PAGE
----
Borehole research in New York State can advance utilization of low-enthalpy geothermal energy, management of potential risks, and understanding of deep sedimentary and crystalline geologic systems

Jordan, Teresa; Fulton, Patrick; Tester, Jefferson; Bruhn, David; Asanuma, Hiroshi; Harms, Ulrich; Wang, Chaoyi; Schmitt, Doug; Vardon, Philip J.; Hofmann, Hannes; Pasquini, Tom; Smith, Jared

In January 2020, a scientific borehole planning workshop sponsored by the International Continental Scientific Drilling Program was convened at Cornell University in the northeastern United States. Cornell is planning to drill test wells to evaluate the potential to use geothermal heat from depths in the range of 2700–4500 m and rock temperatures of about 60 to 120 inline-formulaC to heat its campus buildings. Cornell encourages the Earth sciences community to envision how these boreholes can also be used to advance high-priority subsurface research questions. Because nearly all scientific boreholes on the continents are targeted to examine iconic situations, there are large gaps in understanding of the “average” intraplate continental crust. Hence, there is uncommon and widely applicable value to boring and investigating a “boring” location. The workshop focused on designing projects to investigate the coupled thermal–chemical–hydrological–mechanical workings of continental crust. Connecting the practical and scientific goals of the boreholes are a set of currently unanswered questions that have a common root: the complex relationships among pore pressure, stress, and strain in a heterogeneous and discontinuous rock mass across conditions spanning from natural to human perturbations and short to long timescales. The need for data and subsurface characterization vital for decision-making around the prospective Cornell geothermal system provides opportunities for experimentation, measurement, and sampling that might lead to major advances in the understanding of hydrogeology, intraplate seismicity, and fluid/chemical cycling. Subsurface samples could also enable regional geological studies and geobiology research. Following the workshop, the U.S. Department of Energy awarded funds for a first exploratory borehole, whose proposed design and research plan rely extensively on the ICDP workshop recommendations.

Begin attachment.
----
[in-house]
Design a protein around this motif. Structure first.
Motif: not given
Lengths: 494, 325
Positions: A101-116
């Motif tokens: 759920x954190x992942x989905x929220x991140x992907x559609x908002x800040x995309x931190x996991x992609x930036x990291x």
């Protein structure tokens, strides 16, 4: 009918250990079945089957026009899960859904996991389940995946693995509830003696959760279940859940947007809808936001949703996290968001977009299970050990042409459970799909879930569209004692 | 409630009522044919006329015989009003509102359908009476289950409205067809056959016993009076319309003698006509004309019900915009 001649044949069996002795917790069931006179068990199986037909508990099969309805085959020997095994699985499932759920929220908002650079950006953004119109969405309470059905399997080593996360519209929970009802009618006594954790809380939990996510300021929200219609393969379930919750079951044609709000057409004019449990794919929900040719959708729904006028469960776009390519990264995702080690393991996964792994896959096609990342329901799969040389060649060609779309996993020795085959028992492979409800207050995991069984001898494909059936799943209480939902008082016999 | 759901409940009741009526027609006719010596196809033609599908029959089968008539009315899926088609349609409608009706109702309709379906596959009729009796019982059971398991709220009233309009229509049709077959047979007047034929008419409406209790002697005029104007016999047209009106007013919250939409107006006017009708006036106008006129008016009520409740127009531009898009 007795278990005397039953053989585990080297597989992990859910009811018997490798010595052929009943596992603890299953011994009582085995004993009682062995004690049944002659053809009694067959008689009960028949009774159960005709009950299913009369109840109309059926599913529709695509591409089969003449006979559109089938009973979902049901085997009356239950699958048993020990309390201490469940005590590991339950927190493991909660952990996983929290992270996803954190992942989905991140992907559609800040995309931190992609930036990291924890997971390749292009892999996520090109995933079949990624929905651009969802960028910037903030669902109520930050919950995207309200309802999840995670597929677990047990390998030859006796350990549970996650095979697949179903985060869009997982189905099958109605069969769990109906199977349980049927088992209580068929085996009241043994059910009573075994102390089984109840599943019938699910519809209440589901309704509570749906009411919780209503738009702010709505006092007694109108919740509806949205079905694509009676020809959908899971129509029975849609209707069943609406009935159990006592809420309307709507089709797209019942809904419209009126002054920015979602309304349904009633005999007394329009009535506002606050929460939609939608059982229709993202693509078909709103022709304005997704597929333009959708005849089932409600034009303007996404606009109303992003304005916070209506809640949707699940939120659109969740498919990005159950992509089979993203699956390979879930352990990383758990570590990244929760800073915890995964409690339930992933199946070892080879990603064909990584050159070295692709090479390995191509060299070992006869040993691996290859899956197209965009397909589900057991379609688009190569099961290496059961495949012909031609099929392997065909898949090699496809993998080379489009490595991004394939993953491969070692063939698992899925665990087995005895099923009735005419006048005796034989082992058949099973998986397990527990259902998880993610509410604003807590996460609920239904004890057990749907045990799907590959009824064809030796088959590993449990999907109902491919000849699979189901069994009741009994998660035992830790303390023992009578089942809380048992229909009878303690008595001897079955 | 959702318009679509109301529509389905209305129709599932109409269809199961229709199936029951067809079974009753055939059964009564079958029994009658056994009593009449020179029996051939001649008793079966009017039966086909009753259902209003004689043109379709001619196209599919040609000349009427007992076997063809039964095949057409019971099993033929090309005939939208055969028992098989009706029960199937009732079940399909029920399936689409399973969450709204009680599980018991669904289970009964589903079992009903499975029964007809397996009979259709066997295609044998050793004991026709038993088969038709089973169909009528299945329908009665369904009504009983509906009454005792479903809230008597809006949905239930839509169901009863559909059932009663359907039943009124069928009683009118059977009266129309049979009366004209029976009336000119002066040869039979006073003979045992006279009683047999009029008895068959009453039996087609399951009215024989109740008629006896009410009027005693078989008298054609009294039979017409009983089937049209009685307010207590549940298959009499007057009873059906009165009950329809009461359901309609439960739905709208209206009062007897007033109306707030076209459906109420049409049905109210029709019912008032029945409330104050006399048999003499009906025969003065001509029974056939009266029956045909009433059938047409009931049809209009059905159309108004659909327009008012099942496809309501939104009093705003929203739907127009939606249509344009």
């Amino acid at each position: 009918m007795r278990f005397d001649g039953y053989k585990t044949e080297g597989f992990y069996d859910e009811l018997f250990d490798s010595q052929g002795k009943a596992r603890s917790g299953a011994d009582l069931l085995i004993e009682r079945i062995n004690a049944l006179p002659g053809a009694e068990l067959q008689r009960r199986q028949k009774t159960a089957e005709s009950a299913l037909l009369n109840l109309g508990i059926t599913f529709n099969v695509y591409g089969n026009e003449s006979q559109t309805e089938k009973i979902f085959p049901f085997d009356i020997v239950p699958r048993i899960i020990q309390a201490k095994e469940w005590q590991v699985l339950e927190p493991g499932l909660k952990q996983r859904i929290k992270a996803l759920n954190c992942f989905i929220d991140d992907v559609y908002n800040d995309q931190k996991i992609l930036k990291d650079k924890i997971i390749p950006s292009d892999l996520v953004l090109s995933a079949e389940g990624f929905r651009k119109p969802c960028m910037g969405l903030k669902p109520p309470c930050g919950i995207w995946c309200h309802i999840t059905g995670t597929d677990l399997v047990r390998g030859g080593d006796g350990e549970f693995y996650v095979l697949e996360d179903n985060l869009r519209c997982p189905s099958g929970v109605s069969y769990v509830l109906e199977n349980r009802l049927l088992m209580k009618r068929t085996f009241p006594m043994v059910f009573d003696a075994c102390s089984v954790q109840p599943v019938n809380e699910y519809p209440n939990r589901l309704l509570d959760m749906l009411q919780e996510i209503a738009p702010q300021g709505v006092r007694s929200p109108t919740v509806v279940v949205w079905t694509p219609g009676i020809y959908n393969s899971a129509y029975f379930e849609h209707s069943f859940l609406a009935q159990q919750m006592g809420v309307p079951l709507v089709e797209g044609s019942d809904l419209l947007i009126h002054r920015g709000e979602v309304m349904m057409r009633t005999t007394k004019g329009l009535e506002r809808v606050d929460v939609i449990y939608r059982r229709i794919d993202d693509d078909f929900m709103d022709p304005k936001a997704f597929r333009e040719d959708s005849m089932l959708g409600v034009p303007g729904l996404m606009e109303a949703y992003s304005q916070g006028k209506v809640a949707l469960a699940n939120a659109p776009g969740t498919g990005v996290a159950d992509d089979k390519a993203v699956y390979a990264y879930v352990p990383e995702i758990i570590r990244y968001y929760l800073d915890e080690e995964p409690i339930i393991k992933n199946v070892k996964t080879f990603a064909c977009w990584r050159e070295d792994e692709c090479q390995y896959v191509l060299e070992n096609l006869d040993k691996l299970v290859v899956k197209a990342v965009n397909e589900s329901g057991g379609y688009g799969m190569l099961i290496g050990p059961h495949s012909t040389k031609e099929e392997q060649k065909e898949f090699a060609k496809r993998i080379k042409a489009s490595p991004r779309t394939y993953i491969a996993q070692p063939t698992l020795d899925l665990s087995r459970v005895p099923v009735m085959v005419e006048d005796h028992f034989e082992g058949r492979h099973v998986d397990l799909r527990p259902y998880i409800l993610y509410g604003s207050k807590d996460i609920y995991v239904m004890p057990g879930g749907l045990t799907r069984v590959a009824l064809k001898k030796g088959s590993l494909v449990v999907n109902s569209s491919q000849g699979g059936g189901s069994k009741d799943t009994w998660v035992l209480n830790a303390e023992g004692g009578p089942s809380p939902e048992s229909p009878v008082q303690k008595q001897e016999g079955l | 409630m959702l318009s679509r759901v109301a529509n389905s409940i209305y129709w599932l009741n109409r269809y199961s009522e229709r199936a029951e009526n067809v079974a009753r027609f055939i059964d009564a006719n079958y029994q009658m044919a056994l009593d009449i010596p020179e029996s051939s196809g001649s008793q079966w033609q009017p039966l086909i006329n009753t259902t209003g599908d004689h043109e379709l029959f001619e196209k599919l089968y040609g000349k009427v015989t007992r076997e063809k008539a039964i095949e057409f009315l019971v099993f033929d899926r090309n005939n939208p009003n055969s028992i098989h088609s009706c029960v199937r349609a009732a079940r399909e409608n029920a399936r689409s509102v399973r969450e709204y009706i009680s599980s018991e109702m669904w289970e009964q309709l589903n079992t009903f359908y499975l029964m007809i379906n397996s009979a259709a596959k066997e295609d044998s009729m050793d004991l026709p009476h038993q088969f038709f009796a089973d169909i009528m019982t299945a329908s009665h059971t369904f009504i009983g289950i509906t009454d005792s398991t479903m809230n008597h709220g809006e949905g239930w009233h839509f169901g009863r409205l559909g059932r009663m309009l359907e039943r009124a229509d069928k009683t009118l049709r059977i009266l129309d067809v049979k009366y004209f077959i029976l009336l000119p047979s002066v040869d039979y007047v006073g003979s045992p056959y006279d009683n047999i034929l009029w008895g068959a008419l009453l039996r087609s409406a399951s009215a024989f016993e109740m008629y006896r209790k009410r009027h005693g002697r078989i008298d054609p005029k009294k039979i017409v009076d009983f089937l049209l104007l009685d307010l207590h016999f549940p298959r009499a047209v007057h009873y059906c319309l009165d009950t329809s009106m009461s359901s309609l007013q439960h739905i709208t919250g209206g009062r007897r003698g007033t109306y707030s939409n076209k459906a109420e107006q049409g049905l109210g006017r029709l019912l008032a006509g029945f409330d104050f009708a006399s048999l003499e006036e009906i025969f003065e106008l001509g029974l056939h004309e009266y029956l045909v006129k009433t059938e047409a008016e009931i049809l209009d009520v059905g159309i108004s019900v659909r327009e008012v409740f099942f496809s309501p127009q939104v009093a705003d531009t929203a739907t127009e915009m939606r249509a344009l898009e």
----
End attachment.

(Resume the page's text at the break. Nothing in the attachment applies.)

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Jordan, Teresa / Fulton, Patrick / Tester, Jefferson / et al: Borehole research in New York State can advance utilization of low-enthalpy geothermal energy, management of potential risks, and understanding of deep sedimentary and crystalline geologic systems. 2020. Copernicus Publications.

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